The National Museum of Antiquities has been working on an excavation project in Saqqara since 1975, carrying out research and excavations for a few weeks each year. The current field directors of the research project are Dr Lara Weiss, curator of the museum’s Egyptian collection, together with Dr Christian Greco, director of the Museo Egizio, Turin.
On 15 March 2019 the excavation team arrived in Egypt. This year they are going to dig a piece of land under which perhaps a grave is located. Just like last year, the Milanese 3D Survey Group will perform a number of underground scans. A stone restorer and a specialist for research of human remains were also brought along.
- Look for the latest news and digging diary about the excavation at the news items at the bottom of this page.
Friends of Saqqara
You can also follow the progress being made in the Saqqara dig on the website of the excavation. You can support this project by joining the Friends of Saqqara.
The researchers set to work every year – nowadays usually in March and/or April. The international team consists of scientific experts and staff attached to the two museums. Equally important is the group of Egyptians who do the hard work of digging. The team registered all finds, traces, and other research findings on site. They study and analyse these findings at length afterwards, eventually publishing their reports in scientific journals.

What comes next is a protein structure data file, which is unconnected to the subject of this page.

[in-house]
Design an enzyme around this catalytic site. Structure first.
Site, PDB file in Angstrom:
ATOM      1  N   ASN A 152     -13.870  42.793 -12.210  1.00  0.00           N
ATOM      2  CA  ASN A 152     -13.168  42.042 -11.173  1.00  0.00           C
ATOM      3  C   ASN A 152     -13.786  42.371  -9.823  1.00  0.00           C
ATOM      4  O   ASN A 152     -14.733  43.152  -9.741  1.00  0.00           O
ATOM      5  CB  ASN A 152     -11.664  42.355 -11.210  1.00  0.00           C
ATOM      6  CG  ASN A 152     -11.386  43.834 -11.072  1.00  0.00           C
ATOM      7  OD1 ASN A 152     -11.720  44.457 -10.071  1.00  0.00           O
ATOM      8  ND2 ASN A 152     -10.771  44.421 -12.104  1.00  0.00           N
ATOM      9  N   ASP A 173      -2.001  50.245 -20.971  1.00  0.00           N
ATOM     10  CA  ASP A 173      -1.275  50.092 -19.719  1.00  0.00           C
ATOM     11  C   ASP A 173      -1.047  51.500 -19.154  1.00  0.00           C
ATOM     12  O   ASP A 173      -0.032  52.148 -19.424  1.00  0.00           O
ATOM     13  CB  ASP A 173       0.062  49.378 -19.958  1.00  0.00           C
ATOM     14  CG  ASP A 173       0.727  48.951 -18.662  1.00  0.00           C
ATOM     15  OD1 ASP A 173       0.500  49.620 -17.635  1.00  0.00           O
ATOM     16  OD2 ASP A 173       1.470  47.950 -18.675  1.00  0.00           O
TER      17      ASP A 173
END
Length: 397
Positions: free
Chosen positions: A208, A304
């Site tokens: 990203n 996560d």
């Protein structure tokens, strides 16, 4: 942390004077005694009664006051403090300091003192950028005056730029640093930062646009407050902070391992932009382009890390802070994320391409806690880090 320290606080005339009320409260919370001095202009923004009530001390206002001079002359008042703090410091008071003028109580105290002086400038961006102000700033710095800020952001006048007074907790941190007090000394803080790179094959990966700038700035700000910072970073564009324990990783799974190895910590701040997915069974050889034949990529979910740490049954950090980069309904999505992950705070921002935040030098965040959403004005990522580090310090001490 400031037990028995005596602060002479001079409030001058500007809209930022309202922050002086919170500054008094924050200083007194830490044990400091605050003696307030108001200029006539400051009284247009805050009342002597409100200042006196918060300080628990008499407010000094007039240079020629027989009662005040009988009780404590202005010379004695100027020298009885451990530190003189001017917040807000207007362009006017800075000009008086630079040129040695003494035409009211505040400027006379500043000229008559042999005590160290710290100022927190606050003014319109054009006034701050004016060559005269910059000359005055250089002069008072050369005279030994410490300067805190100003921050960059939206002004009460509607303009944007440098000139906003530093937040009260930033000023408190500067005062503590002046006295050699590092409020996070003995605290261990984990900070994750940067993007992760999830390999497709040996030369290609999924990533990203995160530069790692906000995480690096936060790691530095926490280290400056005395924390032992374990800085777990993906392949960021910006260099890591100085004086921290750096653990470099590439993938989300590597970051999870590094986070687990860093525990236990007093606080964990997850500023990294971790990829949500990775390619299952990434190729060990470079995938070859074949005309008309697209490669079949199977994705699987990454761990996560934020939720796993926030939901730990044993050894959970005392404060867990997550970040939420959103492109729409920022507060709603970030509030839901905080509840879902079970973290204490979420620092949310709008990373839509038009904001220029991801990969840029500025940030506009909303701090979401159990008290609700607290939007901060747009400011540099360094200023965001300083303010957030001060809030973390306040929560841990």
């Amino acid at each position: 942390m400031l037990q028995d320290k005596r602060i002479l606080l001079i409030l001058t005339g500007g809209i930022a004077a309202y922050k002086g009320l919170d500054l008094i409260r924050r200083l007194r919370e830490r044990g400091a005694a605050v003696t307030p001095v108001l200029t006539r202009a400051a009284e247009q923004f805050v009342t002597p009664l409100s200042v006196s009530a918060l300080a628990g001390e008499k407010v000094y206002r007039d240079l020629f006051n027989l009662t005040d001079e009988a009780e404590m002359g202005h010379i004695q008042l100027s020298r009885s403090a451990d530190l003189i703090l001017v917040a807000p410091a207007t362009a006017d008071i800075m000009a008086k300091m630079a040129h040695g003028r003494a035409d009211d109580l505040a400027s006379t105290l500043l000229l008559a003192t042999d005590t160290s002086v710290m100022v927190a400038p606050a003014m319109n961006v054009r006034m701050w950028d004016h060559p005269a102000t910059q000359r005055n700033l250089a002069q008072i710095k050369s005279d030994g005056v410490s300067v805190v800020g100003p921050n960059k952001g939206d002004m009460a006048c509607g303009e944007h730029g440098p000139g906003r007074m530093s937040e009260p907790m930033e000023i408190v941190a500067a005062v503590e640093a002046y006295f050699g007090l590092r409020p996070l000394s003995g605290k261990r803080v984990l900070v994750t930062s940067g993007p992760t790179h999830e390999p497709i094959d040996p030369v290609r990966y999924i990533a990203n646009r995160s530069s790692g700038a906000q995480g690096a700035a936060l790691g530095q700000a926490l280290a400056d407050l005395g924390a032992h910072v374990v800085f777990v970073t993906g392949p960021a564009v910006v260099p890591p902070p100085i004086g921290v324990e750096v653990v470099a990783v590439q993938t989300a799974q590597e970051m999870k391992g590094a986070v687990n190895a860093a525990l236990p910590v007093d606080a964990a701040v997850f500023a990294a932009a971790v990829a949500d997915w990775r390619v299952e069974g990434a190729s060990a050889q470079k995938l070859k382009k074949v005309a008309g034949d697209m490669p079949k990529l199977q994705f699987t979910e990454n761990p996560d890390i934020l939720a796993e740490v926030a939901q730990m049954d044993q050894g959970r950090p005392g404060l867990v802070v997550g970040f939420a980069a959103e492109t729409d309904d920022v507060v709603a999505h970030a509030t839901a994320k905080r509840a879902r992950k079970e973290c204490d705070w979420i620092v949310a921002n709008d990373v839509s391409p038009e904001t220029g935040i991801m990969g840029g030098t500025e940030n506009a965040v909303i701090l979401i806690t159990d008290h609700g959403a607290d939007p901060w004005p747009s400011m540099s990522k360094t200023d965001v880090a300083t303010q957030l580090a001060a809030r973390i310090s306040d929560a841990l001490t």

Partners excavation project
The archaeological research project in Saqqara was started in 1975. Until 1998, the museum co-operated with the Egypt Exploration Society from London. Also the University of Leiden (since 1999) and the Museo Archeologico from Bologna (since 2011) are involved in the project. In 2015 the Museo Egizio of Turin was added as the third partner. The current supervisors of the research project are Dr Lara Weiss, curator of the museum’s Egyptian collection, together with Dr Christian Greco, director of the museum in Turin.
The object is to learn more about the background and history of the museum’s collection. To achieve this, the excavation team works in the immediate vicinity of sites where museum objects were found in the nineteenth century. Many of these objects, such as reliefs and stelae, have become dispersed over the years among museums all over the world, including the National Museum of Antiquities. The excavations have taught the researchers more about the tombs in which these objects were found long ago. For instance, thanks to the research in Saqqara they now know more about the places and functions of the objects in the monumental tombs. In addition, tombs once believed to have been lost have been rediscovered. New finds are kept in Egypt. Examples include the double statue of the high priest Meryneith and his wife Anoey, which was excavated in 2001 and is now displayed in the Egyptian museum in Cairo.
Saqqara is about thirty kilometres to the south of Cairo. From Saqqara, you can see the famous step pyramid built by pharaoh Djoser (ca. 2650 B.C.) on the horizon. For thousands of years, the desert near the village was used as a burial ground for the high-placed officials of ancient Egypt. Egypt’s Ministry of Culture gave the museum permission to conduct research in part of the burial ground – a section that dates from the reign of the pharaohs Tutankhamen, Ay, Horemheb and Ramesses I and II (1334-1212 B.C.). The grounds were also used for burials in later periods of Egyptian history.